As public opinion turns against plastic, we must think seriously about the use of plastic shotcups — particularly when shooting over wetlands
I’m talking rubbish again. After my account in Shooting Times of wildfowlers organising a litter-picking day at Lindisfarne , a reader pointed me to an item in the Daily Telegraph.
The report starts: “Organisers of marathons and other outdoor events have been urged to do more to clear up the thousands of plastic bottles left behind by competitors. It follows a row over the number of plastic bottles dumped by participants in the Brighton half-marathon which then blew out to sea.”
It seems that the event had been sponsored by Lucozade. Many of the runners gratefully snatched a bottle as they sped past, glugged down the contents on the run, then simply chucked the empty away and carried on. One local resident posted on Facebook: “It was a shocking sight to see all those bottles strewn along the beach and promenade.”
Friends of the Earth joined in the chorus of disapproval, calling for more to be done at outdoor sporting events, including mass runs such as “…the ones that take place on Hackney Marshes, which are left covered in empty plastic bottles when everyone has gone home”.
I don’t know why environmentally aware brands haven’t developed a biodegradable bottle. Especially when plastic water and energy drink bottles are often associated with the sort of outdoor activities that the green lobby normally favours.
In truth, some of those who are so eager to parade their green credentials are, in practice, pretty damn selfish when it comes to their own behaviour. Just look at Glastonbury, the music festival lauded by the BBC and left-wing politicians — remember the crowds singing “Oh, Jeremy Corbyn” at Glastonbury last summer? Those same right-on revellers managed to discard a mountain of junk, most of it plastic, over 900 acres of farmland. It seems the festival-goers simply dropped their trash where they danced.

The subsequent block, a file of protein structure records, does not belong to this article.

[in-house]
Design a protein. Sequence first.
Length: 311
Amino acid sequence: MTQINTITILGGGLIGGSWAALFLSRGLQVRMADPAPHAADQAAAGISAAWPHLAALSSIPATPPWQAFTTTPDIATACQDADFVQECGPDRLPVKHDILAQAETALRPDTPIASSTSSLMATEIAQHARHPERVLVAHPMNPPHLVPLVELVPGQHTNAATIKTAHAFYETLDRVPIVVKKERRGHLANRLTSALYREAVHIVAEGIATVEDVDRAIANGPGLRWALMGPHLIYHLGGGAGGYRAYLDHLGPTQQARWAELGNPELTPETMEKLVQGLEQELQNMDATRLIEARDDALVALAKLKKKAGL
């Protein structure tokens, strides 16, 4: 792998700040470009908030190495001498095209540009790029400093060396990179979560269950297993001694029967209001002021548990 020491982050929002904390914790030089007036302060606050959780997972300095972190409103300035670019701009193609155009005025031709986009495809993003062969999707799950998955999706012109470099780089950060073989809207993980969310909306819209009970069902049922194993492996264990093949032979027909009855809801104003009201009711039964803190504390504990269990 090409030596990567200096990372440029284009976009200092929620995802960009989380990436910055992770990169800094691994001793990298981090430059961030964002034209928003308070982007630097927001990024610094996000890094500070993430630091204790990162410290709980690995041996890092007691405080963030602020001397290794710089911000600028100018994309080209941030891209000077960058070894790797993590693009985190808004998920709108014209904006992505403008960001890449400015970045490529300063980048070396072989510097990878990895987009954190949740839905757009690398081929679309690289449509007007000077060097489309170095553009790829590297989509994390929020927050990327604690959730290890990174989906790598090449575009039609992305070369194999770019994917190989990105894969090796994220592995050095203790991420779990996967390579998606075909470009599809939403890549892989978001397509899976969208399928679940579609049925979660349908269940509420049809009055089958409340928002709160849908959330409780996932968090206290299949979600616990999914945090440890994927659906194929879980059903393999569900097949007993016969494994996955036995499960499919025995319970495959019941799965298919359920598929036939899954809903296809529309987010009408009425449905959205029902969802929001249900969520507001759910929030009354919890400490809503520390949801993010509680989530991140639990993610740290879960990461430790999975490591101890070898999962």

An estimated 500,000 sacks of rubbish had to be cleared from the site afterwards, at a cost to the organisers of £785,000.
Yet before we feel smug, let’s think about plastic shotcups. Many game shoots and leases now insist on fibre wads only, not least out of concern for livestock that might eat plastic wads. This fibre-only policy makes sense: we cannot expect our claims about caring for the countryside to be taken seriously if we insist on scattering plastic wads all over the landscape.
But plastic shotcups are still used for almost all steel wildfowling loads. Steel is hard and abrasive. It needs to be shielded from direct contact with the inside of shotgun barrels. Hence plastic shotcups are the norm for steel loads. Yet using non-toxic shot while at the same time blasting bits of plastic out over wetlands is an environmental own-goal, isn’t it?
Shooting advice: Can you tell me whether a fibre-wad cartridge in 28g No.5 gives a better pattern than a plastic…
I recently saw a shocking image highlighting one of the perils of all that plastic litter that is drifting around…
Why does our shooting lease stipulate fibre wad cartridges when plastic wads are generally cheaper and ballistically superior?
Producing a biodegradable shotcup for steel loads is fraught with technical difficulties. Gamebore has managed it, with its Silver Steel Bio-Wad cartridges. Yet these are currently only available in 32-gr loads of steel No.4 shot in 12-bore, 76mm cases. And you seldom find them stocked by mainstream retailers anyway.
The tide of public opinion has turned against plastic in the environment. As responsible wildfowlers, we would be wise to ensure that we are not left high and dry on this issue.